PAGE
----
HRH Leaders in Action: Eddie Mukooyo


An interview series with HRH champions in developing countries produced by the HRH Global Resource Center. The current HRH Leaders in Action series looks at HRH and knowledge management and information systems.

Dr. Eddie Mukooyo

Dr. Eddie Mukooyo is the Assistant Commissioner of the Resource Center for the Uganda Ministry of Health and the Chair of the Uganda Health Workforce Advisory Board.

How would you describe the role of knowledge management and knowledge sharing within the Ministry of Health?

Knowledge management is something that is now coming up. It is new. We've done a lot of work in terms of different areas in human resources, but also in terms of HIV/AIDS. However, it becomes difficult to access some of this information in real time. Therefore, knowledge management is a big challenge for us. We need to put in place systems that will allow us to capture data, reports, research and events that have occurred so that they can inform us better for the future.

What is the role of the Resource Center within the Ministry of Health as it relates to HRH?

As I told you one of the mandates of the Resource Center is to put in place a functional human resources information system (HRIS). In so doing the challenge has been to bring together the different stakeholders so that we can take stock of what existing data bases we have on human resources. As you know Uganda was hit by Ebola in August. It was confirmed in November. We had to look at the different human resources that we have. The database that we developed at the Ministry was relevant at that point in time because we were able to tease out those who had an epidemiological background and of course those that had laboratory background. These would support the districts that were in need in Bundibugyo where we had the outbreak. You can see that having the HRIS that gives you data on people skills in terms of qualifications and experience, is relevant in times of crisis.

Would you briefly describe the work of the Health Workforce Advisory board and what you believe is unique about it as a knowledge-sharing forum?

The Uganda HWAB came into formation out of need from different stake holders who have been burdened by need of health information on human resources which they could not get - came together and during that meeting, which was facilitated by Capacity project which is supported by USAID, we were able to brainstorm on what are the challenges we are having, given our different portfolios. What were the key policy decisions or questions we have on human resources? At the end of the day we realized that we all had common questions that were affecting the way we worked and therefore agreed to work together as a group or forum that brings the different stakeholders together to develop, harmonise and integrate the different HRH information subsystems.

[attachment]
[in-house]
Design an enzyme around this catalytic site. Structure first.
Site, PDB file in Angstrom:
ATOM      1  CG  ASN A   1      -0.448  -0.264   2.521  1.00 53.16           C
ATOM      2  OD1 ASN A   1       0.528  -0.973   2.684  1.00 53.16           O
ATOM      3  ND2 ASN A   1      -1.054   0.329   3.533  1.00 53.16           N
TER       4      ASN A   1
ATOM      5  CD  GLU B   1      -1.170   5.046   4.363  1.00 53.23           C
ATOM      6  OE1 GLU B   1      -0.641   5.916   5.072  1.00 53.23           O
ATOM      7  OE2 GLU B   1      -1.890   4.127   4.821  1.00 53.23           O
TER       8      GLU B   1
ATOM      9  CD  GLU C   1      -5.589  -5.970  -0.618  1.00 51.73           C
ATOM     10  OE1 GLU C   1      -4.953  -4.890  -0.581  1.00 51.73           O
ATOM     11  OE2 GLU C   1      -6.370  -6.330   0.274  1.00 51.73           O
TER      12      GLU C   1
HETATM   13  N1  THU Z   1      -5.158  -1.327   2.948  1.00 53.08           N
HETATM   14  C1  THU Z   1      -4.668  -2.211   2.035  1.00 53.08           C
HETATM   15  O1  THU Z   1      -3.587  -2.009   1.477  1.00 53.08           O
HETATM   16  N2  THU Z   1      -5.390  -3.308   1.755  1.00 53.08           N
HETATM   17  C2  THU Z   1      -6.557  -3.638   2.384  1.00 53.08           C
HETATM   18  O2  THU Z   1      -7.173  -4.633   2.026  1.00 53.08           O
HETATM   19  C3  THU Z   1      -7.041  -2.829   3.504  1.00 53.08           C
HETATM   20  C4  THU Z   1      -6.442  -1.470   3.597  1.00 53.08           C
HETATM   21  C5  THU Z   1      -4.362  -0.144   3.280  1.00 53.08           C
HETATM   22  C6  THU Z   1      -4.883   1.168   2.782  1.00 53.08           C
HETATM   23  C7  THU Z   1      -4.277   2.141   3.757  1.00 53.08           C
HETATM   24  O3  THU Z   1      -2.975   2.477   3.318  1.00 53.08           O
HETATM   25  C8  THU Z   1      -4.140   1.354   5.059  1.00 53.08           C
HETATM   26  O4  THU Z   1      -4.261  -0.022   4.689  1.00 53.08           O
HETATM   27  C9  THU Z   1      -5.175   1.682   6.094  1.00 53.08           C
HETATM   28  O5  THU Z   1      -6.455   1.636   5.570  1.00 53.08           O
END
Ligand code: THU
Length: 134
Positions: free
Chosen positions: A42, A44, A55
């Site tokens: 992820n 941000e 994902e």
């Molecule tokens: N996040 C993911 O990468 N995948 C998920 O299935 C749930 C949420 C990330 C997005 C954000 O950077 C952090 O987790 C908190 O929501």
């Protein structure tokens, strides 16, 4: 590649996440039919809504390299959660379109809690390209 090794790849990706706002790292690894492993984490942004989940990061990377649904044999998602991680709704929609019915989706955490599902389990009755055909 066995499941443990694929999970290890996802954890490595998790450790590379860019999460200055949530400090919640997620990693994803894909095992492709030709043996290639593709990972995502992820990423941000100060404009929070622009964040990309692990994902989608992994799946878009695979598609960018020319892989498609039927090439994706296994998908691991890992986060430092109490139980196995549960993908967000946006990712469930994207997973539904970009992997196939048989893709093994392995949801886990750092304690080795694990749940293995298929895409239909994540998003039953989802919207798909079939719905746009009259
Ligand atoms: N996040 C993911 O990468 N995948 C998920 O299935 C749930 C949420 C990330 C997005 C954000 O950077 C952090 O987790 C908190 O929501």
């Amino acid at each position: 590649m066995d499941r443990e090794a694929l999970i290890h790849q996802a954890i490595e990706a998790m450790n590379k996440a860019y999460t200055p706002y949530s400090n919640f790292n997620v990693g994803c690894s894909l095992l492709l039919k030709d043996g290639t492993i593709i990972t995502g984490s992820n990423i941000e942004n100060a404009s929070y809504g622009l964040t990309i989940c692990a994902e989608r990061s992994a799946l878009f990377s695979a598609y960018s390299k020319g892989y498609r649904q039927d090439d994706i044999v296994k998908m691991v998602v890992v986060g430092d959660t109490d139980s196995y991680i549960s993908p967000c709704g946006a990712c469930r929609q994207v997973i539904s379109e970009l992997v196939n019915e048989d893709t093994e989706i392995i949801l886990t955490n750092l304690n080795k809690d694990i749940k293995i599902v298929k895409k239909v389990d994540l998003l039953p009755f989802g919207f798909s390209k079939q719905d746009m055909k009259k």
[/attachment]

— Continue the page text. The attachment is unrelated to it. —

What other kinds of HRH information do you use and why?

With the regional organizations like East African Community and East, Centeral and South African Health Community, we are developing regional databases that will inform us not only on the disease patterns in the region for surveillance purposes and quick response, but also on the human resources that we have to enable quicker response so that each member state can even call on expertise that may be available in different states to support them in specific diseases that are unique like Ebola. We are in addition contributing to the African Observatory on HRH to facilitate comparison across nations in Africa.

Describe the role of technology on information sharing in Uganda.

The limitation of technology even if it is a good tool depends on who is using it. If you don't put in the right information, accurate data, you will get garbage out of it. Data that enters needs to be accurate, complete and therefore informs us better on what is on ground. Those that access that information can therefore believe in it and depend on it to make decisions. Technology facilitates access in real time and decision making.

What are the main challenges you are facing right now in knowledge management and knowledge sharing?

I believe knowledge management and sharing can be improved in Uganda by making sure the districts have internet points of presence. They should be supported to have internet facilities and therefore can link to the knowledge management or knowledge sharing portal so that all of our health workers that are out there in the rural areas are not isolated to information. Hence, they can access all the rich sources that are available through the knowledge management portal.

At a global level, what is your vision of how Knowledge management can strengthen HRH for leadership?

As you know, knowledge and information is useful for action. If you don't use it for action, it is useless. Many people are doing a lot of work for human resources for health, not only in Uganda but regionally and globally. This information, best practices and experiences need to be shared.

Have you ever visited the HRH global resource center and how has it supported your work?

Yes, I have visited the Global Resource Center. It is a wonderful rich resource for HRH. As you know with the work we are doing with the Uganda HWAB we are able to carry out the retention study. In order to do that we needed a background information check. This portal provided a lot of information that was useful to us. After doing that study, we were also able to find out that a number of our nurses, especially those who were well-trained are the ones that are migrating. So we went to the portal to look at some of the reasons and some of the challenges other areas and other countries are facing in terms of addressing outmigration. So this portal is a rich portal that is useful for human resources management.

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